Obey order or face jail, sheriff warns man

Campbeltown Sheriff Court.
Campbeltown Sheriff Court.

Want to read more?

At the start of the pandemic in March we took the decision to make online access to our news free of charge by taking down our paywall. At a time where accurate information about Covid-19 was vital to our community, this was the right decision – even though it meant a drop in our income. In order to help safeguard the future of our journalism, the time has now come to reinstate our paywall.

However, rest assured that access to all Covid related news will still remain free.

To access all other news will require a subscription, as it did pre-pandemic.

The good news is that for the whole of December we will be running a special discounted offer to get 3 months access for the price of one month. Thank you for supporting us during this incredibly challenging time.

 

We value our content and access to our full site is only available on subscription. Your subscription entitles you to 7-day-a-week access to our website, plus a full digital copy of that week’s paper to read on your pc/mac or mobile device In addition your subscription includes access to digital archive copies from 2006 onwards.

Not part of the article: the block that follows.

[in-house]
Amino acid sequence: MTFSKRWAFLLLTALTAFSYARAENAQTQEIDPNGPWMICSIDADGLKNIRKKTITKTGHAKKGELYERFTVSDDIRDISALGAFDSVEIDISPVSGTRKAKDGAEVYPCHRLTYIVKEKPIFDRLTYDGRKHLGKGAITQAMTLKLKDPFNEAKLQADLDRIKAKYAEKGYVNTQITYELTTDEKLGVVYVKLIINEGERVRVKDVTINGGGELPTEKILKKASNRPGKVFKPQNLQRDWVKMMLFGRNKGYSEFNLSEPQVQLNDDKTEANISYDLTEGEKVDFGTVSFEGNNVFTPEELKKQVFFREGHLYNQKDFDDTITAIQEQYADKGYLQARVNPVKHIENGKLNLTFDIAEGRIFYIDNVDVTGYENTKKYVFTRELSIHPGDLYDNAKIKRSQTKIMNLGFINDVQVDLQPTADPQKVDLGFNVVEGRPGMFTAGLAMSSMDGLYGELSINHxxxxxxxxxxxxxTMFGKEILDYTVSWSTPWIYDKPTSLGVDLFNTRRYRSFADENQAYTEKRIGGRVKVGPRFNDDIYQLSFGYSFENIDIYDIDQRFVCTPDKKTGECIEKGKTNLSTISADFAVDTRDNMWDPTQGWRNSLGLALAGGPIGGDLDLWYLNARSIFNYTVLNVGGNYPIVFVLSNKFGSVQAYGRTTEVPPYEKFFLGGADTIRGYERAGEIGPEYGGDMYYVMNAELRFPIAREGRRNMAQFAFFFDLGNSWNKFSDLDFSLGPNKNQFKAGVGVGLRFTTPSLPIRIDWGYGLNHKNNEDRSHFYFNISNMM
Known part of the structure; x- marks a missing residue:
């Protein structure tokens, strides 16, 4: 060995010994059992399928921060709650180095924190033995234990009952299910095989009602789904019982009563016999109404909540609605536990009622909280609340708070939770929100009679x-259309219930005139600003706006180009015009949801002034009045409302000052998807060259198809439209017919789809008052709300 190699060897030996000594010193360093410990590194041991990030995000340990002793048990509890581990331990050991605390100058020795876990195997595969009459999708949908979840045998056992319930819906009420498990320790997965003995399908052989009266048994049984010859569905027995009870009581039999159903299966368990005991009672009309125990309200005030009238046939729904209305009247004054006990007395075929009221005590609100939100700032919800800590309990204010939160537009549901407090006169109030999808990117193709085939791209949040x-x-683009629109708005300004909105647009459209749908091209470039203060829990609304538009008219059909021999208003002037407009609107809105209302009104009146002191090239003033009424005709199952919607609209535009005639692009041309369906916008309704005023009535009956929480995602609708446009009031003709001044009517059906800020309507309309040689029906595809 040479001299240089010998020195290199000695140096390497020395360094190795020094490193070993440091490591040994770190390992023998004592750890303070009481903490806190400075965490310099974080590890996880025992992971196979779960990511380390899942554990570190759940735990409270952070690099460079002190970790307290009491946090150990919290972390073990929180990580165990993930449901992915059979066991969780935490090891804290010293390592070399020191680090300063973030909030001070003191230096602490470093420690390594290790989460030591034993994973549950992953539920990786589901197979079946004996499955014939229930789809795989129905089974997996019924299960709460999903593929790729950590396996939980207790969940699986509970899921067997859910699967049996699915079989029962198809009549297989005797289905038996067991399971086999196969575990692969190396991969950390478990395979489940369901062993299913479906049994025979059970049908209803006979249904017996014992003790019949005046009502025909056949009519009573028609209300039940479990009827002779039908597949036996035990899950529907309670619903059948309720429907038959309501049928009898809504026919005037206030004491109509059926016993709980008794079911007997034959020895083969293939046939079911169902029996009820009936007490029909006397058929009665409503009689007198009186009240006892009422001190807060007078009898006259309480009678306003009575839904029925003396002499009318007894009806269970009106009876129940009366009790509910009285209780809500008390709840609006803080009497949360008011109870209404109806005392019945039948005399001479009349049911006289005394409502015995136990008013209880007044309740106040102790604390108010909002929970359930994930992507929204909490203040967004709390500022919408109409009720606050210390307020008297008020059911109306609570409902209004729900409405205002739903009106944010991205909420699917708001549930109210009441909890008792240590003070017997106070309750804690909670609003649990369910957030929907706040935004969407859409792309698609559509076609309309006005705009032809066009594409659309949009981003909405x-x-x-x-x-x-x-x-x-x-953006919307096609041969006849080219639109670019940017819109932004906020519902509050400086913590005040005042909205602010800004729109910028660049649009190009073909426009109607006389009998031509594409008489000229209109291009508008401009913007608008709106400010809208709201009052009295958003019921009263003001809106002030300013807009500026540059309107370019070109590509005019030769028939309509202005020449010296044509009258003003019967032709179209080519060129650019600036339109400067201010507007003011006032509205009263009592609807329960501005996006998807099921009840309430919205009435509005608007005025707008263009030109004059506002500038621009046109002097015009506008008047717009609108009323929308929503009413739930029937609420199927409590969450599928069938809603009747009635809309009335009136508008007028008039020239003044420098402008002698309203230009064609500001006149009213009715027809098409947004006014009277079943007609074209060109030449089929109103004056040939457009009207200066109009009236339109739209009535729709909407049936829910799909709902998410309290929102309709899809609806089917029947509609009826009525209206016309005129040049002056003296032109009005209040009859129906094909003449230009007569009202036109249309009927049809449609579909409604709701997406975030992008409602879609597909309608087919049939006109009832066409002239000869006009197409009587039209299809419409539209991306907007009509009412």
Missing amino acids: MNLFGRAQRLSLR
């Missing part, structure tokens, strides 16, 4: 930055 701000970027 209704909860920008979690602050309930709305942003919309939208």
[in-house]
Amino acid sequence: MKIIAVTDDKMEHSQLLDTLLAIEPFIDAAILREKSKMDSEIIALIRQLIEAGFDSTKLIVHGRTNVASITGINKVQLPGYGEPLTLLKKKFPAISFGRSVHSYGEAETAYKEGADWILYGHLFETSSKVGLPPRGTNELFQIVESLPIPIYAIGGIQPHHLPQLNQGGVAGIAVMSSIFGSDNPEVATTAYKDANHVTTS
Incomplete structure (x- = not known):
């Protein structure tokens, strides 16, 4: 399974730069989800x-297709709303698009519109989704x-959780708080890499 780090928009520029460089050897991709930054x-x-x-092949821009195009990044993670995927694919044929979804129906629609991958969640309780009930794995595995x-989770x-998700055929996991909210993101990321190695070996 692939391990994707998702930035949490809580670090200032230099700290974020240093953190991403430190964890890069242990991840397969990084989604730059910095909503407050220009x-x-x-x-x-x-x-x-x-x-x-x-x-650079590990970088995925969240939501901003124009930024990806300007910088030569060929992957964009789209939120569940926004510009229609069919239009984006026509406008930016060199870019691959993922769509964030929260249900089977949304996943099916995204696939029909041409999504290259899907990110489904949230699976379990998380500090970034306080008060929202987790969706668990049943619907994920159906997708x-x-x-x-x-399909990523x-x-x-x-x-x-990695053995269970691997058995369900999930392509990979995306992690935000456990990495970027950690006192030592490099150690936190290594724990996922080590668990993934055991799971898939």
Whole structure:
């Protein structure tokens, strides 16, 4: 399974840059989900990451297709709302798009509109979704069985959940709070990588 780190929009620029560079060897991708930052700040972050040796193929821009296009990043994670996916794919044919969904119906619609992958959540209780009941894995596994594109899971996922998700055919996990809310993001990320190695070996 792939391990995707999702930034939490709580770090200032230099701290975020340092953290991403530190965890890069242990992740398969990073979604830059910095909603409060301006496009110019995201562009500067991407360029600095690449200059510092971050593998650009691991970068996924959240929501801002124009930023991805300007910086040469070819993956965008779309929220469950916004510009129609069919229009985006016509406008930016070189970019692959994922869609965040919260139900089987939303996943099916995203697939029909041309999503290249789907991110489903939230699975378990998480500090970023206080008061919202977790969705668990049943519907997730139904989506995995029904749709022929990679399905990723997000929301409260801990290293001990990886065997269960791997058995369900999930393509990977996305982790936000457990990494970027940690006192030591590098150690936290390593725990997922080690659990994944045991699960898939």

Already a subscriber?

 

Subscribe Now

A non-harassment order has been made against a 67-year-old man who would not take no for an answer and he must also pay his victim £500 compensation for the distress caused.

When he appeared before Campbeltown Sheriff Court last week, Robert Flockhart-Knox, of 10 Albyn Avenue, Campbeltown, admitted that his course of behaviour was abusive towards his ex-partner in that he repeatedly went to premises when she was there; shouted at her and, upon their relationship ending, he repeatedly contacted her, sent her a postcard and letter, left unwanted gifts on her doorstep, went to her property late in the evening and attempted to reconcile with her, knowing she did not want to reconcile, having been warned on two occasions by police officers to leave her alone.

The events happened between February 14 and October 28 last year at locations around Campbeltown, which are not named to protect the identity of his victim.

Procurator fiscal depute James Dunbar told the court that Flockhart-Knox had begun to visit charity premises where the complainer volunteered and a relationship developed.

This lasted no longer than 10 weeks and was ended by the woman because he shouted at her.

He then began to call at her home, stand on one of the two streets from where her home could be seen; send her mail, and leave gifts and flowers on her doorstep on the day of her birthday.

‘The woman told the police and Flockhart-Knox was spoken to by officers and told to leave her alone,’ the fiscal said, and added that when Flockhart-Knox did not he was arrested and charged.

He told the police he did not think he had done anything wrong.

Defence agent Charles Drummond said Flockhart-Knox was attempting reconciliation and ‘he should have known better’.

Sheriff Patrick Hughes told Flockhart-Knox that custody was always a consideration when he saw the word ‘domestic’ in a libel accompanied by a record like his. The sheriff handed down a fine of £400 as well as the £500 compensation order.

He also imposed a non-harassment order lasting five years, during which Flockhart-Knox must not contact or attempt to contact his victim by any means.

‘A breach will result in custody,’ Sheriff Hughes warned him.